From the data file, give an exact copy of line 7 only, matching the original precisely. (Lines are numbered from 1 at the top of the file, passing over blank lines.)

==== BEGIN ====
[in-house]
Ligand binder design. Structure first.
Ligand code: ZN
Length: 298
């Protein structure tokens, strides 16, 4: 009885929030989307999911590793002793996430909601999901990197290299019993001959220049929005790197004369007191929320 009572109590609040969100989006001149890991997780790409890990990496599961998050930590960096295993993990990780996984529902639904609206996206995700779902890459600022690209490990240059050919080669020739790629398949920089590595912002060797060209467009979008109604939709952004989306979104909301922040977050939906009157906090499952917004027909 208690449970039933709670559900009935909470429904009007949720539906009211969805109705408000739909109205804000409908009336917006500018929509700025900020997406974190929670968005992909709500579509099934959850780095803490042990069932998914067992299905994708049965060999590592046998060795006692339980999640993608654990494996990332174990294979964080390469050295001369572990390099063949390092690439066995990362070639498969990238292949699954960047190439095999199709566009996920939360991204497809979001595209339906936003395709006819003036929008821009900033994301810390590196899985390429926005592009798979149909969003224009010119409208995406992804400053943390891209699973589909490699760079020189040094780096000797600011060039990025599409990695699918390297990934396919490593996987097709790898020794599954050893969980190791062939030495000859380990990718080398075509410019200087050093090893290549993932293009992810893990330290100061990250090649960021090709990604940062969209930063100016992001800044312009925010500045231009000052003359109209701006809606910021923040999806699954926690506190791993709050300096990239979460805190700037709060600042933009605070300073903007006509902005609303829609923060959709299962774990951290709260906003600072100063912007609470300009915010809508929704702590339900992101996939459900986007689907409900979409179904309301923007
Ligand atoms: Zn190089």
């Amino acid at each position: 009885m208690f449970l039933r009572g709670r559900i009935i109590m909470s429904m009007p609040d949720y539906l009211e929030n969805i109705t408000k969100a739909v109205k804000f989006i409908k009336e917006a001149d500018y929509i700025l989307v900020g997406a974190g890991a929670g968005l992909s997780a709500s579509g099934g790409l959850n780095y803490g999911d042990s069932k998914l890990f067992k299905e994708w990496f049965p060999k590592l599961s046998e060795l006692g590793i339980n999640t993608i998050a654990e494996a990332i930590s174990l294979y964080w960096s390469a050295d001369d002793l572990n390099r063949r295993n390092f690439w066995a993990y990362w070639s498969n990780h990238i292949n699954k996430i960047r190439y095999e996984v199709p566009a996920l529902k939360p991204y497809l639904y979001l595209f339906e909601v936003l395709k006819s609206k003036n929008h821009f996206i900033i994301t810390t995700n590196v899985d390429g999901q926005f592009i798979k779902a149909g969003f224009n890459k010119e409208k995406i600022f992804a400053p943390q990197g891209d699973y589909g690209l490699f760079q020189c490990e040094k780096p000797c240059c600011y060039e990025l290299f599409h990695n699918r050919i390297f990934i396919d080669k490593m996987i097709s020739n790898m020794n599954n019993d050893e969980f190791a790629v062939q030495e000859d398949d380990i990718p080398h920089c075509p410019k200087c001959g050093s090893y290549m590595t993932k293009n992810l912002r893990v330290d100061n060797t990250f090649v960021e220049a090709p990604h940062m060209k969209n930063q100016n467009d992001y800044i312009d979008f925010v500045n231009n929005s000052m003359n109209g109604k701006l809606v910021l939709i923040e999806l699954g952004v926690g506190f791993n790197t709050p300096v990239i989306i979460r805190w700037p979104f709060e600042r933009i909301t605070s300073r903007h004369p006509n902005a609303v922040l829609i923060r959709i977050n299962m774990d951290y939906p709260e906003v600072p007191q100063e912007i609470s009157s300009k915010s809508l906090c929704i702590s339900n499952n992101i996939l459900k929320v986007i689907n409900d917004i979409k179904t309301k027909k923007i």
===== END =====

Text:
């Amino acid at each position: 009885m208690f449970l039933r009572g709670r559900i009935i109590m909470s429904m009007p609040d949720y539906l009211e929030n969805i109705t408000k969100a739909v109205k804000f989006i409908k009336e917006a001149d500018y929509i700025l989307v900020g997406a974190g890991a929670g968005l992909s997780a709500s579509g099934g790409l959850n780095y803490g999911d042990s069932k998914l890990f067992k299905e994708w990496f049965p060999k590592l599961s046998e060795l006692g590793i339980n999640t993608i998050a654990e494996a990332i930590s174990l294979y964080w960096s390469a050295d001369d002793l572990n390099r063949r295993n390092f690439w066995a993990y990362w070639s498969n990780h990238i292949n699954k996430i960047r190439y095999e996984v199709p566009a996920l529902k939360p991204y497809l639904y979001l595209f339906e909601v936003l395709k006819s609206k003036n929008h821009f996206i900033i994301t810390t995700n590196v899985d390429g999901q926005f592009i798979k779902a149909g969003f224009n890459k010119e409208k995406i600022f992804a400053p943390q990197g891209d699973y589909g690209l490699f760079q020189c490990e040094k780096p000797c240059c600011y060039e990025l290299f599409h990695n699918r050919i390297f990934i396919d080669k490593m996987i097709s020739n790898m020794n599954n019993d050893e969980f190791a790629v062939q030495e000859d398949d380990i990718p080398h920089c075509p410019k200087c001959g050093s090893y290549m590595t993932k293009n992810l912002r893990v330290d100061n060797t990250f090649v960021e220049a090709p990604h940062m060209k969209n930063q100016n467009d992001y800044i312009d979008f925010v500045n231009n929005s000052m003359n109209g109604k701006l809606v910021l939709i923040e999806l699954g952004v926690g506190f791993n790197t709050p300096v990239i989306i979460r805190w700037p979104f709060e600042r933009i909301t605070s300073r903007h004369p006509n902005a609303v922040l829609i923060r959709i977050n299962m774990d951290y939906p709260e906003v600072p007191q100063e912007i609470s009157s300009k915010s809508l906090c929704i702590s339900n499952n992101i996939l459900k929320v986007i689907n409900d917004i979409k179904t309301k027909k923007i």